Top Ten Old Shop Signs in Amman

November 24, 2013

By Hussein Alazaat


*This post first appeared on Alazaat Views on November 21, 2013. The post also appeared on BeAmman‘s website.


Unfortunately, many of Amman’s good old shop signs have been removed and lost. Here, I share with you my selection of the best existing signs, based on my personal taste. This does not mean that number 1 is better than number 10.

10. Chinese Shoe Gallery, Downtown, Quraish St.

By unknown sign painter. The style most probably belongs to Elia Kayyal. What I liked here is the Piccadilly shoes logo on the right side!

Chinese Shoe Gallery



9. George Studio, Jabal Amman, Mutran St.

A great example of contemporary typographic treatment for both Arabic and English names. The studio owner is a very nice guy as well.
It was made by Tarkhan, a sign painter of  Iranian origin who lived and worked in Amman.

George Studio



8. Ashoury Shoes, Downtown, Basman St.

A very old sign in Basman street; note how the wooden material is very aged. The maker is unknown, but he used a nice design to lay the sign items out, especially with the shoes extruding on both sides.

Ashoury Shoes



7. Sami Barbershop, Jabal Lweibdeh, Paris Sq.

An amazing sign done by Nicola Sabanekh, a famous Ammani sign painter who was born in Jaffa and had learned a lot of sign making techniques in his work with the British mandate offices in Jordan and Palestine. In this sign, Sabanekh used a very advanced design touch: matchmaking between Arabic and English names. The strange shape of letter A is something we don’t see a lot, and the geometric slanted Arabic letters give the sign a very modernized identity that fits the cultural spirit of Lweibdeh.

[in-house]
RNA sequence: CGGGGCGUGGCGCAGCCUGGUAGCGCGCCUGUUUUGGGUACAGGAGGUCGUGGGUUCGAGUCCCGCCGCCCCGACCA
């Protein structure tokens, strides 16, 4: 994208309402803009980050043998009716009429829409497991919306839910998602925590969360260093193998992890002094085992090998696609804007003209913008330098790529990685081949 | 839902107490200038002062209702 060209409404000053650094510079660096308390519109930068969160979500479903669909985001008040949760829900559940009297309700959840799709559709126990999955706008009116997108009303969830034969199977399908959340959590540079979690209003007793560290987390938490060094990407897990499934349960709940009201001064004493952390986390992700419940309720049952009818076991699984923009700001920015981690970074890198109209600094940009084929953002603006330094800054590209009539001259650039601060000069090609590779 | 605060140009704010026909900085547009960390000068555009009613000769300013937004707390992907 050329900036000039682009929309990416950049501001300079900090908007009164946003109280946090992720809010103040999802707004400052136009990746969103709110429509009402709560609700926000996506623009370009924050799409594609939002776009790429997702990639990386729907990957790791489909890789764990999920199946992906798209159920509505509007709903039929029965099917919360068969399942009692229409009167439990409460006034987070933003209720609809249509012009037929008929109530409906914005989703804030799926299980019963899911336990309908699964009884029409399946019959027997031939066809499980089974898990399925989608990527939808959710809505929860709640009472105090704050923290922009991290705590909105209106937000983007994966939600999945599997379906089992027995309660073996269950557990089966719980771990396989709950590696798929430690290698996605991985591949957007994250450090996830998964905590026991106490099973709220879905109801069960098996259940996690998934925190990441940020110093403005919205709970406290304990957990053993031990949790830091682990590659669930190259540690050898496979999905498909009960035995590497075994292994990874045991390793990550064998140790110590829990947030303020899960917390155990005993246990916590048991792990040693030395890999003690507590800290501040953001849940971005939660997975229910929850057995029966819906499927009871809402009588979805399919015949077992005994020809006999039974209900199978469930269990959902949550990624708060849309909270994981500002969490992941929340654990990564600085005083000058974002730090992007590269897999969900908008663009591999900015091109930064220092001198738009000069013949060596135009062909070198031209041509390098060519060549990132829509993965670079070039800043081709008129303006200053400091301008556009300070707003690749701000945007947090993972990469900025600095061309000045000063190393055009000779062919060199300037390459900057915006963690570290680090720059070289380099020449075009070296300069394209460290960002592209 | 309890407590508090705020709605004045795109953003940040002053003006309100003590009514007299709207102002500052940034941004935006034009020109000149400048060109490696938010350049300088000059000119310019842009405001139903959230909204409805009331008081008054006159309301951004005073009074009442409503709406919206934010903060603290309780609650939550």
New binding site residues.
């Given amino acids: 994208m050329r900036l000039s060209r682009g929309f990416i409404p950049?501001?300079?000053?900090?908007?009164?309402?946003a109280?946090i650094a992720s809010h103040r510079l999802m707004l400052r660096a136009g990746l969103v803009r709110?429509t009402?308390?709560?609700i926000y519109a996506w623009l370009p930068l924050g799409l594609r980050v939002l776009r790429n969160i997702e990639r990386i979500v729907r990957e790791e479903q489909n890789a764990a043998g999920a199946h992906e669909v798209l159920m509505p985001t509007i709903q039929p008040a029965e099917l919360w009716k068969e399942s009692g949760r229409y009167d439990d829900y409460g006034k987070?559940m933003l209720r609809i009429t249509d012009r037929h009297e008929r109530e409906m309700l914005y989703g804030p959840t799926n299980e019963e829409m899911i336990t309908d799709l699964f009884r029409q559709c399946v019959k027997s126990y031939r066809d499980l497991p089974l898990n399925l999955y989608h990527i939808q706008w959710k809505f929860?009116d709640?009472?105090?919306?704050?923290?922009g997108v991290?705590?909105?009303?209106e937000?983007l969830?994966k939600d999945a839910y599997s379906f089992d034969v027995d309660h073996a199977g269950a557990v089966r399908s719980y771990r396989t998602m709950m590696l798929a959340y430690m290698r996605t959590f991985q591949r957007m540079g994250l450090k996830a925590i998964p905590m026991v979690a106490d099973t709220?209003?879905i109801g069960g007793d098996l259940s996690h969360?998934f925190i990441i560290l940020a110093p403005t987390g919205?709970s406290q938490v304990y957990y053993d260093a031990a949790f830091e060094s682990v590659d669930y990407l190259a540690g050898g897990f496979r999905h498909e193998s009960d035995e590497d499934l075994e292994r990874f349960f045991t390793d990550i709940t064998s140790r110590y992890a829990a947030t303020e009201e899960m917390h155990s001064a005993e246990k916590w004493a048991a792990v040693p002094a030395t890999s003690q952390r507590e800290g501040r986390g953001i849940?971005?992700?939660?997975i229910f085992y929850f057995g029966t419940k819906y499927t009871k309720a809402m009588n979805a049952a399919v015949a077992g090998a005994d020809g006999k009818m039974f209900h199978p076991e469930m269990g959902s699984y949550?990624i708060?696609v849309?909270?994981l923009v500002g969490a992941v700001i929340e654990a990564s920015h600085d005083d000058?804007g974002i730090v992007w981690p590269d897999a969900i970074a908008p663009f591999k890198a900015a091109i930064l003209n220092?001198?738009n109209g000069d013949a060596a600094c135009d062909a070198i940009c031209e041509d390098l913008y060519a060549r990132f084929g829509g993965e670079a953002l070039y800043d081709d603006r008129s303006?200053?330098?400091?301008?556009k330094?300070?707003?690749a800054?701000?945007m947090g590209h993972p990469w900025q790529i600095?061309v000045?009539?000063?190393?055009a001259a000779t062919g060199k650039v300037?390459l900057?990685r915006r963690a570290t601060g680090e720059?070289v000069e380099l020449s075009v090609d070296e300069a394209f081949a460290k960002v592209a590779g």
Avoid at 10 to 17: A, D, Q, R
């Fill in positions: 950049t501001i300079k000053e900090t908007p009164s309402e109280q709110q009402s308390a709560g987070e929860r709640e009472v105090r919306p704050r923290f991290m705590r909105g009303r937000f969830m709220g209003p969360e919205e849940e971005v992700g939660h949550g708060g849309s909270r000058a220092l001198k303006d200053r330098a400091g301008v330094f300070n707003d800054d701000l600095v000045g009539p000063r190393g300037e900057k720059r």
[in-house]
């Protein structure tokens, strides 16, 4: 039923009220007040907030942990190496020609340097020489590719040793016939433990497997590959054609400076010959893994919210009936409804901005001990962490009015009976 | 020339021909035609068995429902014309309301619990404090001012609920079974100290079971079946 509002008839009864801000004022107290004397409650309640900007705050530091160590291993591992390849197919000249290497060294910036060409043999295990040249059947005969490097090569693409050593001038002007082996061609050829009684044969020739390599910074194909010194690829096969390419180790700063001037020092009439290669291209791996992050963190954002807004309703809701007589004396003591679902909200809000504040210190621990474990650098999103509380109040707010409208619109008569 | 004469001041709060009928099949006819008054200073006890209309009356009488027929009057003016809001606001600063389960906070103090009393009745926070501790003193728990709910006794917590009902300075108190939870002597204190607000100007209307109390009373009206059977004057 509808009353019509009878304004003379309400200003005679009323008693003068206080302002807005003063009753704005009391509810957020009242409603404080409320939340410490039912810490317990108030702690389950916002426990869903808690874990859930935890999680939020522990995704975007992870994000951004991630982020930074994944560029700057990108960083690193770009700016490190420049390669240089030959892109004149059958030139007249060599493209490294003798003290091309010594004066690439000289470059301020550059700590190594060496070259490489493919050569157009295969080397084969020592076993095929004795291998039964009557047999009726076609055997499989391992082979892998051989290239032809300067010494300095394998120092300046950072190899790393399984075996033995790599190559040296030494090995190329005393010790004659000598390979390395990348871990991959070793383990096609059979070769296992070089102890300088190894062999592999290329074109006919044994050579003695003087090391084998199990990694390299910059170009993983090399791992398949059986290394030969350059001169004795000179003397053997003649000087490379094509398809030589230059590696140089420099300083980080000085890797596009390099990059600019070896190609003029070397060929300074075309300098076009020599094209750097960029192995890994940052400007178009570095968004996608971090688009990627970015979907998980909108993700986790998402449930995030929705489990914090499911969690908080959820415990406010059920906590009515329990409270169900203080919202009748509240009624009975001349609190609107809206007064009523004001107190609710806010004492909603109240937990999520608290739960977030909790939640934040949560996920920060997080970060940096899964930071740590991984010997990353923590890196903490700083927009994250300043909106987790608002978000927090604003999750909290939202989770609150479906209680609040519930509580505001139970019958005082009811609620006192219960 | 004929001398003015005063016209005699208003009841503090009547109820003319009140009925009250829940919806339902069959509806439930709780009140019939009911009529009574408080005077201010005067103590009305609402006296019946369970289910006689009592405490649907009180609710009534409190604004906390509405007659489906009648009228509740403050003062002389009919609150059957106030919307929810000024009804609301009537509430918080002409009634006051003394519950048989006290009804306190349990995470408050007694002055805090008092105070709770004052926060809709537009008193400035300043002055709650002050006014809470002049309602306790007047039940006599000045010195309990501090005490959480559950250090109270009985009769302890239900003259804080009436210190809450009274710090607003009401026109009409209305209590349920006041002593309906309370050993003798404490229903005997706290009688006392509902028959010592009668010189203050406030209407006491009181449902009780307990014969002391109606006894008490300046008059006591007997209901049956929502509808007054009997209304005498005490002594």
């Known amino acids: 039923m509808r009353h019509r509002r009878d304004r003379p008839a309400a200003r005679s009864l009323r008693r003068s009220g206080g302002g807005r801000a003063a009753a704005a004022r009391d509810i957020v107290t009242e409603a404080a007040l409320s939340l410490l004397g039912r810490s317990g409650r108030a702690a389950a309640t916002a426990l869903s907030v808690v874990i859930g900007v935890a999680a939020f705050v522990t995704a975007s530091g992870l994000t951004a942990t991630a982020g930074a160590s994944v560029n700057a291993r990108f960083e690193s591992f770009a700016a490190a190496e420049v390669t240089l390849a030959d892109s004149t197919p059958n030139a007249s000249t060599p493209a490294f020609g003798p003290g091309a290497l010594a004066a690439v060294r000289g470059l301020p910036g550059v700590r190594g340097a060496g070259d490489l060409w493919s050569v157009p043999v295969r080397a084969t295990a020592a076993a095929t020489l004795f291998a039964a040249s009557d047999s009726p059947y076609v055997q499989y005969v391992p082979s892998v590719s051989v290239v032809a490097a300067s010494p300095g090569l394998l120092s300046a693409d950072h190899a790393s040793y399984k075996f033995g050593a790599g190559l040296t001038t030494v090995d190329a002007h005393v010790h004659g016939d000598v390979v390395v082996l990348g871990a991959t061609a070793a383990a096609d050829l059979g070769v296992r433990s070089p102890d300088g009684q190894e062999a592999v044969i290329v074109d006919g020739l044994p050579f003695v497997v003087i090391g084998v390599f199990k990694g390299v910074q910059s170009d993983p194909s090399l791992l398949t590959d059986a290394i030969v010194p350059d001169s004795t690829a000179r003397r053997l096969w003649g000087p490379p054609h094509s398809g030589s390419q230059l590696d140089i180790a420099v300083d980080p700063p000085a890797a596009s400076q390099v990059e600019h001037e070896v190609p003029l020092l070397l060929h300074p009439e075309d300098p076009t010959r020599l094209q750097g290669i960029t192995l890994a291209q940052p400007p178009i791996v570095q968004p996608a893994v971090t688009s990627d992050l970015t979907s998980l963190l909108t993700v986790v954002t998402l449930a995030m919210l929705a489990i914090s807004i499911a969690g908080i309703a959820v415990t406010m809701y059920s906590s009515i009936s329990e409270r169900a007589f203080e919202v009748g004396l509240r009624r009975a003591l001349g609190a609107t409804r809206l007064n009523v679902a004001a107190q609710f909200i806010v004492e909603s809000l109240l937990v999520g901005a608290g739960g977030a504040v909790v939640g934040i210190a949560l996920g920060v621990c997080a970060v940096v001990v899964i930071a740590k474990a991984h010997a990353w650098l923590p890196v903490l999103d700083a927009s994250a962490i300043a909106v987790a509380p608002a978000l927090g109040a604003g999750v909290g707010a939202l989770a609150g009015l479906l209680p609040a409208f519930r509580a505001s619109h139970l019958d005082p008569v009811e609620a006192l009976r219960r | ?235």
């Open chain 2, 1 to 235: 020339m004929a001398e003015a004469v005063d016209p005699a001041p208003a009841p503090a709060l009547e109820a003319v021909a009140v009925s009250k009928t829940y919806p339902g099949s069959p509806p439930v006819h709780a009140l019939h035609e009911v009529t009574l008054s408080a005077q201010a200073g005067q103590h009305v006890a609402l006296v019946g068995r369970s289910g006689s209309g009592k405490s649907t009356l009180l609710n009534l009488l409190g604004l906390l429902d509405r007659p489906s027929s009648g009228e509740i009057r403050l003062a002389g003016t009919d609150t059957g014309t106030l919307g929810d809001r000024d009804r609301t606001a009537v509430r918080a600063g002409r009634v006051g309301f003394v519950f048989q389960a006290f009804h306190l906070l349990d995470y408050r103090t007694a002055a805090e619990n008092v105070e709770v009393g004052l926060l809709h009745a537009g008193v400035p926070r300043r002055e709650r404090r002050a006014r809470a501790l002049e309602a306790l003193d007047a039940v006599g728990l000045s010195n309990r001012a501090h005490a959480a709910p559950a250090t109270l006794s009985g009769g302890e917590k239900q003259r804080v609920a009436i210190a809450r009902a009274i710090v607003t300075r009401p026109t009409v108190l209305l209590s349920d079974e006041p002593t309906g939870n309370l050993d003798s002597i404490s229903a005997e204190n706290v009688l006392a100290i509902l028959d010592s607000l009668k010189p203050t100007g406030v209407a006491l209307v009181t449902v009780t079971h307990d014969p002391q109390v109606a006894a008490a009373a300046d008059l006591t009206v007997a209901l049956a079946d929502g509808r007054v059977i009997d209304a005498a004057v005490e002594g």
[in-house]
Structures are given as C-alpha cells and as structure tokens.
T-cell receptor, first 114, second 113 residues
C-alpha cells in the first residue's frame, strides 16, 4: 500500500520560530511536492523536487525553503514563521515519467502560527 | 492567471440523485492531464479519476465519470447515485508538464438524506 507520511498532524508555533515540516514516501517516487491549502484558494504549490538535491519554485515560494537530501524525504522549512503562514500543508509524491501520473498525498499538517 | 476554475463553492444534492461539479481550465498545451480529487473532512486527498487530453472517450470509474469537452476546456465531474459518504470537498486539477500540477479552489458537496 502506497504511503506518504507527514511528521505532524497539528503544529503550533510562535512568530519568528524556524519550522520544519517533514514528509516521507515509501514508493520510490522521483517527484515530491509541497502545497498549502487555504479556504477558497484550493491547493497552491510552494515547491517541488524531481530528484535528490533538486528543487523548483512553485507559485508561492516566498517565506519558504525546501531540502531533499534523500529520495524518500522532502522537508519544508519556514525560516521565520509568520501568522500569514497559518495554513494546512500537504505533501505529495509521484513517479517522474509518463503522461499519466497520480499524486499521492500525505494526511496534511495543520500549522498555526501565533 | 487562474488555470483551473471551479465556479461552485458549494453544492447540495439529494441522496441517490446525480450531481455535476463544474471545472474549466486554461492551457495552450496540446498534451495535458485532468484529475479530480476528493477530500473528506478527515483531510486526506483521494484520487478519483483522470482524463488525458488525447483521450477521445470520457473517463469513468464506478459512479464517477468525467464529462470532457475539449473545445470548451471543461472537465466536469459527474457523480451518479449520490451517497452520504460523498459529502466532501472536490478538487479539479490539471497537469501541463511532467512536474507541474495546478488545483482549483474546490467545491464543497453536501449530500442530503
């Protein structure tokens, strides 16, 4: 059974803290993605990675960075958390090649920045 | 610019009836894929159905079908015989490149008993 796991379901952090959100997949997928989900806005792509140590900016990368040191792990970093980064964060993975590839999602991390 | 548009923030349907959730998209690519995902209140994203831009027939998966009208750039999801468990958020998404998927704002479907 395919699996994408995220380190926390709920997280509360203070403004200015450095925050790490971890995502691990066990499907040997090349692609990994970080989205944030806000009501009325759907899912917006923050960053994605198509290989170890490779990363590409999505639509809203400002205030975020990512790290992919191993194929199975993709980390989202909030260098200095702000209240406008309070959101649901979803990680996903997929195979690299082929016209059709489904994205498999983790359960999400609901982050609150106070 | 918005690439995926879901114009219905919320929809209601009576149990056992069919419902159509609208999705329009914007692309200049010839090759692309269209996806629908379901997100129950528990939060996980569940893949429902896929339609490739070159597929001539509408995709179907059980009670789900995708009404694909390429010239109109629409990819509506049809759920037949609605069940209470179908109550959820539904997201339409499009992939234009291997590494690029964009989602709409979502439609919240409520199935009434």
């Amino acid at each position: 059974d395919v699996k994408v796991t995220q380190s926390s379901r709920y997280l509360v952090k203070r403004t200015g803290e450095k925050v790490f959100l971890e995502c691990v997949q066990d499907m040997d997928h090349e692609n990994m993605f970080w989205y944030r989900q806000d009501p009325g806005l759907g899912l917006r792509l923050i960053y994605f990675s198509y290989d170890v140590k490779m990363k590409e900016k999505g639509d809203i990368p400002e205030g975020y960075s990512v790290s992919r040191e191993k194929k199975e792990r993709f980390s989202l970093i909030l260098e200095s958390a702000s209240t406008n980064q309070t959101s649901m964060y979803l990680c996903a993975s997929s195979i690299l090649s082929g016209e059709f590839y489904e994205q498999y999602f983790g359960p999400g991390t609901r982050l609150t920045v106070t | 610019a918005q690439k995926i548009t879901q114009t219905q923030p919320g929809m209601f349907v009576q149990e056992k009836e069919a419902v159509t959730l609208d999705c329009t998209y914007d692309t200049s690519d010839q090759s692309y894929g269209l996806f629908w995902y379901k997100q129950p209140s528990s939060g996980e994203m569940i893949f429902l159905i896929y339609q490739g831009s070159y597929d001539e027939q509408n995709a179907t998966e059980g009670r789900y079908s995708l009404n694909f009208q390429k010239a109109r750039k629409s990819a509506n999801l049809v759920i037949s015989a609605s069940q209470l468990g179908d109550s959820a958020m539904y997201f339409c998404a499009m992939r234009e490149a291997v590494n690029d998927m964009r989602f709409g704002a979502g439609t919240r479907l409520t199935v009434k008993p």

Sami Barbershop

6. Bahlawan Company, Downtown, Souq El Sukkar

This is a beautiful hand-painted sign in oil colors on wooden surface. It was made by sign painter Yassin Jookhi, who was of Syrian origin. As we see here, Jookhi has used a very rare Kufic style to write the shop name. He called this style: Qudsi Kufi!




5. National Exhibition, Downtown, Reda St.

One of the oldest shop signs in Amman: you can tell from the 3-digit phone number! What is great about it is the weird English letters slanted to the left, contrary to acknowledged Latin typography basics where letters in italics should slant to the right.

National Exhibition House



4. Rafidain Bank, Downtown, King Faisal St.

Lovely old sign for this Iraqi bank in Amman. You can see the beautiful finish of the letters’ production, also the clever integration of the letter R in the window’s steel work.



3. Salon Vert, Downtown, Prince Mohamamd St.

This one is not produced as well as the others. That said, it was a brave decision to use in-lighted letters directly on the building facade.


Salon Verte


2. Ali Abu Kalam, Downtown, Souq Mango

I have loved this sign since I was a young kid. It reminds me of old shop signs in Damascus and Cairo. Particularly because of the wooden chiseled letters that we don’t see very often in Amman.

Ali Abu Kalam



1. Debbas, Downtown, Prince Mohamamd St.

I love this sign a lot; it has been a prominent landmark of Amman to me and I’ve taken many friends and guests to see it in person. The colors, the layout, the effects, the bilingualism. All of these points make this sign one the best in Amman.
Of course it was made by Elia Kayyal, the famous sign painter from Nablus. You can see his two signatures in the bottom corners. Kayyal left many great signs over Amman’s shops, but, unfortunately, most have been removed and lost except for this one and some other 3 or 4 signs.



What is required from us as an Ammani citizens:

– Do what is possible to save these beautiful signs; they are part of the city’s character and  survive as witness of Amman’s history.

– Convince the shop owners to take care of their signs by telling them how important they are.

– A retouching process should take place to maintain the signs.

– There should be some serious effort on Amman Municipality’s part to protect these art pieces.



*Featured image from Shutterstock

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